Burundi’s decision to shut down the activities of ITEKA, a respected human rights organization active for the last 25 years, has added to the mounting concern over escalating violence and repression under President Pierre Nkurunziza, who recently floated the possibility that he might seek a fourth term.
An order that banned ITEKA last month was made public Tuesday. Interior Minister Pascal Barandagiye said the organization has tarnished the image of Burundi and “sows hatred and division within the Burundian community.”
The minister used precisely the same language in October, when he announced that Burundi had withdrawn permits for the Association for the Protection of Human Rights and Detained Persons (APRODH), led by award-winning activist Pierre Claver Mbonimpa, and four other organizations.
Burundi recently passed a long-expected measure that places tight controls on international NGOs, in part because Nkurunziza blames them for inciting opposition against him.
“We, obviously, deeply regret the decision by the National Assembly of Burundi to adopt a law restricting activities of international non‑governmental organizations, including the imposition of registration and reporting requirements, as well as limitations on the ability of such organizations to hire and pay staff,” said Stéphane Dujarric, spokesman for UN Secretary-General António Guterres, during a press briefing Tuesday.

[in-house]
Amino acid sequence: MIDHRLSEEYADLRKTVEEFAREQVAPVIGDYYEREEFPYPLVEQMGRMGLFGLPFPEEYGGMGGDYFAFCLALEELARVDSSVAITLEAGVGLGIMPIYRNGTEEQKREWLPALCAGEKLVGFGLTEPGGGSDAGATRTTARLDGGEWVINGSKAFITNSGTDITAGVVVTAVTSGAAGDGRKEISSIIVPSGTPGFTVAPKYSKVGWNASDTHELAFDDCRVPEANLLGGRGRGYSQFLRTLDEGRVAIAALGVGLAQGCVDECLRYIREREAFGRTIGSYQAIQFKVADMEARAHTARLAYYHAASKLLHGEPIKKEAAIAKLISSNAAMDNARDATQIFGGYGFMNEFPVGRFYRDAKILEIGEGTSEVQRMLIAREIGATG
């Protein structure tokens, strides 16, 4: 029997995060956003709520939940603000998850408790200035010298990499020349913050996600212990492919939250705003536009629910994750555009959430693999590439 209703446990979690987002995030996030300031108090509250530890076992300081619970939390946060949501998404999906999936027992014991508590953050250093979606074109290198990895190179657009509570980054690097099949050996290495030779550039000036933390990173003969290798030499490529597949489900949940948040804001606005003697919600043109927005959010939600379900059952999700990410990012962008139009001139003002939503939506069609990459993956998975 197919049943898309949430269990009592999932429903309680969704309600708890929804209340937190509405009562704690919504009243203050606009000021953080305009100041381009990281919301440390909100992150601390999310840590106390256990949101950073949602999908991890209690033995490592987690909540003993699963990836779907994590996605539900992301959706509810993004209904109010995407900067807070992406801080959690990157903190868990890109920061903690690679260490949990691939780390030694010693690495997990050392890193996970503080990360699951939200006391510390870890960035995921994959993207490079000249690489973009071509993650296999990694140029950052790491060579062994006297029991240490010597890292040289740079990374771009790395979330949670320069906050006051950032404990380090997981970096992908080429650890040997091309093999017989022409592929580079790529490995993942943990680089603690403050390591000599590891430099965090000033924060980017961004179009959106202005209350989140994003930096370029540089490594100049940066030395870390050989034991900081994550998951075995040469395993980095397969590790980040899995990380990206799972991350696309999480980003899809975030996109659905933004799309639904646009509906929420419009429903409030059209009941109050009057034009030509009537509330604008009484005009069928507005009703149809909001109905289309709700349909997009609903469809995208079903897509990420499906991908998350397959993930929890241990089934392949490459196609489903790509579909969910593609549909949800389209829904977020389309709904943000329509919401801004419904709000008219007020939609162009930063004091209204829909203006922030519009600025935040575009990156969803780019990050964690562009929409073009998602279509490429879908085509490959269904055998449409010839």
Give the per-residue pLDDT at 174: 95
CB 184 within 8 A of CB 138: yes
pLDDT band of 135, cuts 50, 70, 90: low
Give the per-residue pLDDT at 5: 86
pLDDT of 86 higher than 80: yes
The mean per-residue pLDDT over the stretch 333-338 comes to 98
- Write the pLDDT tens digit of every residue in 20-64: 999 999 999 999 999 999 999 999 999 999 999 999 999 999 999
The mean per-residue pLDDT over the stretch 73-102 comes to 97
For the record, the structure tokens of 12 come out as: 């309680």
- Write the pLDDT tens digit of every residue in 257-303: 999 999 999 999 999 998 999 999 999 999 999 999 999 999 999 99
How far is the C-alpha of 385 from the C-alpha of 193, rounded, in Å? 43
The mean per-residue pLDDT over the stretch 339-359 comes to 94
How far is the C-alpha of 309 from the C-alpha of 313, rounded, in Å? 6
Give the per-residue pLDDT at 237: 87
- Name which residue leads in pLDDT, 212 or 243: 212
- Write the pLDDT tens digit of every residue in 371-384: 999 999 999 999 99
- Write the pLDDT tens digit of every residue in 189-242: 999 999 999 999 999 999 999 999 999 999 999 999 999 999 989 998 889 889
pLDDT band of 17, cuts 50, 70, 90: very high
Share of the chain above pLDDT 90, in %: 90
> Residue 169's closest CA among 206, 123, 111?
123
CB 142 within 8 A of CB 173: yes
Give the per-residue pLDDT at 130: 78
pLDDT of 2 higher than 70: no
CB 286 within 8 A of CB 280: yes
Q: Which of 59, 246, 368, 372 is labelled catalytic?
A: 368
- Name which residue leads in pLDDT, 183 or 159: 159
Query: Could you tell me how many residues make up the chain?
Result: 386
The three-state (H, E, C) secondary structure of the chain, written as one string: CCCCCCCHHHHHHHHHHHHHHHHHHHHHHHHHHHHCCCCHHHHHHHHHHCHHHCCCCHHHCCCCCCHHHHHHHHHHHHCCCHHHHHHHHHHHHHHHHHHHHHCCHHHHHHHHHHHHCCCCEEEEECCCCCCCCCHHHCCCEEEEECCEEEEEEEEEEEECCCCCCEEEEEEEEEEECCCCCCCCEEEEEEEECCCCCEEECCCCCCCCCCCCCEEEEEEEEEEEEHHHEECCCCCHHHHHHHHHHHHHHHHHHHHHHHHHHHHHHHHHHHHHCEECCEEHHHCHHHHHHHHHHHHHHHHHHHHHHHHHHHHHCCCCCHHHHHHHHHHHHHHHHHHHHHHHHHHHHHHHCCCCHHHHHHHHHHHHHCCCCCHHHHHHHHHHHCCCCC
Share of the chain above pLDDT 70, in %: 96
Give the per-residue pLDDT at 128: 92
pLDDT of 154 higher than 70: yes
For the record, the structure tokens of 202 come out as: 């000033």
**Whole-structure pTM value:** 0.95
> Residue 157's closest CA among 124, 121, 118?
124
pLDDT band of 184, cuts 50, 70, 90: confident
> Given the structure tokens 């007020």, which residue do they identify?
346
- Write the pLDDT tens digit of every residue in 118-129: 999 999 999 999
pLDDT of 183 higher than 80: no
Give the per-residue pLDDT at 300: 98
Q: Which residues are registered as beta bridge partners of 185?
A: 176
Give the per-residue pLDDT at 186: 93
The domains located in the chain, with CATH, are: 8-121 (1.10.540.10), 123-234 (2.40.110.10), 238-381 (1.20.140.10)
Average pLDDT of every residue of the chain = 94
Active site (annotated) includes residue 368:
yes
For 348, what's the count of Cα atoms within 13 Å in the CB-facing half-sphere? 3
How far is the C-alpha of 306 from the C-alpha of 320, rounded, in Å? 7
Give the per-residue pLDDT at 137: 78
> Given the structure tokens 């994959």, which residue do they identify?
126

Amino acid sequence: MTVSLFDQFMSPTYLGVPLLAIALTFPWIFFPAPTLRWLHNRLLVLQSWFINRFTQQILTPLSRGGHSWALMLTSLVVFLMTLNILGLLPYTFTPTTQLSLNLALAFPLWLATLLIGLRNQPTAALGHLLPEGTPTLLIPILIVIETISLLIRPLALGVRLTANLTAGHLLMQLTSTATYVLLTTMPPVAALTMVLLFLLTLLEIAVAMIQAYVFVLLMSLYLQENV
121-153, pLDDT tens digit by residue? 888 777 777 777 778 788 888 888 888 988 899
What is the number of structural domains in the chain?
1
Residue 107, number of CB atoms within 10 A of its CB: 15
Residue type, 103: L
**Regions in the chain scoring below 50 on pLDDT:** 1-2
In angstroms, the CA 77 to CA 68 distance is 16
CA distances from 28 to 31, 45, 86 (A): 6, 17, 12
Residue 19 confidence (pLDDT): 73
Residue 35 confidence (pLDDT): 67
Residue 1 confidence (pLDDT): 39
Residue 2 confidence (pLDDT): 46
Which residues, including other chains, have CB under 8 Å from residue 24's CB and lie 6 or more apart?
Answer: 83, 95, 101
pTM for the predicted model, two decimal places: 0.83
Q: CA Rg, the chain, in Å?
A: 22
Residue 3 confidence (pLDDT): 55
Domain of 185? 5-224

“We’re concerned that the enactment of this law could impede or even threaten the continued free operation of important organizations that are working to assist the Burundian people.”
That concern extends to ITEKA and “the need for civil society and NGOs to operate freely,” Dujarric said.
As with APRODH, the ITEKA organization cooperated with international human rights organizations investigating reports of torture, death and other violations in Burundi since Nkurunziza’s 2015 decision to seek a third term in violation of the nation’s constitution.
ITEKA cooperated with International Federation for Human Rights (FIDH), a group that has incurred the wrath of Burundi leaders because its investigation has warned of genocide in the East African nation.
The UN High Commission on Refugees verified 564 executions through August, according to a United Nations Independent Investigation in Burundi report that noted the number “is clearly a conservative estimate.” There are nearly 400,000 refugees and internally displaced people fleeing conflict, the report said.
Image: UN File Photo